Liability Coverage

Liability insurance on your power boat is an absolute necessity. Open motorboats get into more accidents and cause more fatalities every year than any other boat type. Even if you’ve paid off your boat, you should at least buy property damage and personal injury liability insurance. Any boat with an engine can go too fast, and accidents on the water can be catastrophic. Liability coverage can save you thousands in damages, and it is usually affordable.

You should also buy liability insurance on any boat, of any kind, you lend out. If a person outside of your immediate family injures themselves or another person on your boat, you can be held liable, even if you were not present. In addition, speed boats, Jet Ski’s, and pontoon boats are often expensive. If your vessel suffers any sort of collision, you want a policy that will help you recoup the damages. You can read more about pontoon boat insurance here, and power boat insurance here if you remain unconvinced.

Self-Propelled Boats

You should also think about Pennsylvania boat insurance for canoes and kayaks. Now, obviously it’s difficult to paddle a kayak into something hard enough to cause real damage. You may therefore feel that liability insurance isn’t worth it. Nevertheless, if you lend your kayak out, you should absolutely buy liability insurance for the reasons we’ve outlined above. You may also find it worthwhile to insure your kayak itself to protect it from theft or vandalism. Fishing kayaks and canoes can cost $1-2k, new.  Hull insurance, by contrast, is likely under $100. If someone steals your kayak out of your garage or off your car, you should be able to replace it. Click Here for more information on kayak insurance.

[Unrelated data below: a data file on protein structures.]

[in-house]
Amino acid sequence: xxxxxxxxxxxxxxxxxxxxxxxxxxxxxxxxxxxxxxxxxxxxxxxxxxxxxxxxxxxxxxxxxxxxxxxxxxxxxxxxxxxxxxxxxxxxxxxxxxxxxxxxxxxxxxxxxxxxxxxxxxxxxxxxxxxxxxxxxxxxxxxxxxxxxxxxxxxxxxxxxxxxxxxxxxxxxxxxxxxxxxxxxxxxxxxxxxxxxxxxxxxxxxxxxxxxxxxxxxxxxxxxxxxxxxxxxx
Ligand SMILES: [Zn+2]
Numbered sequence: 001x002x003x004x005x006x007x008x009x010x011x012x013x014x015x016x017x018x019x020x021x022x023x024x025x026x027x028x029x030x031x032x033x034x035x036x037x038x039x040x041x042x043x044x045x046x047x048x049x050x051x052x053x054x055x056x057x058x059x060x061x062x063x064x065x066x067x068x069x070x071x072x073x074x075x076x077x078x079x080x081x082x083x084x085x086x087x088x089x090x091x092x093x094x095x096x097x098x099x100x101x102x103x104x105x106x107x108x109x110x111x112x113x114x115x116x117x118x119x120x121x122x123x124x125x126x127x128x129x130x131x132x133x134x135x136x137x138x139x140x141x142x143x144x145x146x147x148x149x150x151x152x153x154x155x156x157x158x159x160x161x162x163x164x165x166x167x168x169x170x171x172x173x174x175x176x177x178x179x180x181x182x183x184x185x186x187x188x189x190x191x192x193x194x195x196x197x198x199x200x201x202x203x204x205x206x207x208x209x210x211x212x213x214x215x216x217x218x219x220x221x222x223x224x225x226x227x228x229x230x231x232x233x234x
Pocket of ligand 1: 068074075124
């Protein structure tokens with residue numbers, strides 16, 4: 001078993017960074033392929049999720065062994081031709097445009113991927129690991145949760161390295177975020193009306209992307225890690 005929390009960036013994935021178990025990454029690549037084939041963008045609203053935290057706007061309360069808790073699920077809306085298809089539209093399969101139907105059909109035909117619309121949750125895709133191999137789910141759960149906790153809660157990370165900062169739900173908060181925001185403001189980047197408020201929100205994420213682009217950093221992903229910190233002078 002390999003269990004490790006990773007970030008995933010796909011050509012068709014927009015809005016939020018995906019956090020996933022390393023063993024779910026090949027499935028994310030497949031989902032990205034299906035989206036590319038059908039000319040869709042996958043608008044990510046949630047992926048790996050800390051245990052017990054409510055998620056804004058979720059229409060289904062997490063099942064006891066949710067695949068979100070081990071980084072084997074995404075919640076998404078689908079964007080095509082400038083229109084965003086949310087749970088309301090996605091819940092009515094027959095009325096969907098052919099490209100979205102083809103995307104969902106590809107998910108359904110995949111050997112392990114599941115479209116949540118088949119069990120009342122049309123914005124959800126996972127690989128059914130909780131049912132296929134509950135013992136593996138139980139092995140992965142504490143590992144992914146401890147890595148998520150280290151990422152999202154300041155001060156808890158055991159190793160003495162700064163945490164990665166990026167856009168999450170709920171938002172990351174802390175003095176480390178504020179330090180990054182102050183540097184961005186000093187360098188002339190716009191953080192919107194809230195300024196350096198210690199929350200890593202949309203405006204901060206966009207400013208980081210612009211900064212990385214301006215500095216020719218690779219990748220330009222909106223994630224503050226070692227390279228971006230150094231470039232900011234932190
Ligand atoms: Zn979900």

The Stats

Pennsylvania saw a 16% reduction in boating accidents from 2014-2016. Most other states suffered a spike in boating accidents in 2016, so it is encouraging to see that kind of reduction over a couple years. With 2.7% of the nation’s boats, Pennsylvania only saw 1.2% of its accidents. Boating accidents are usually expensive, and that trend holds true in Pennsylvania. Damages from boating accidents in 2016 added up to $204,479. That is an average of $3,700 per accident. Insurance for most of us costs a fraction of that figure, and can save you thousands more than that.

Pennsylvania boating accident statistics

Boating Fatalities and Alcohol

Pennsylvania suffered a significant spike in boating deaths in 2016. Boating fatalities rose nearly 200% from 2015, with no reasonable explanation. Pennsylvania’s fatality rate was still a couple points below the national average, but it is a discouraging trend. Any boating death is one too many. We all assume certain dangers when we head out on the water, and it is always worthwhile to remain aware of them. Alcohol greatly enhances these dangers. 12% of Pennsylvania boating accidents were alcohol-related, but nearly 50% of Pennsylvania boating fatalities were. Please designate a non-drinking operator every time you leave shore. It is one of the most important things you can do to protect yourself, your passengers, and other folks on the water.

We know that insurance isn’t a cure-all. It offers protection only after the fact. It won’t keep you out of a storm, and no one likes paying for something they hope they’ll never use. Even so, it provides financial protection that we cannot recommend highly enough. No one expects to be in an accident, and having insurance can protect you and your family from the financial burden that such accidents place on boaters.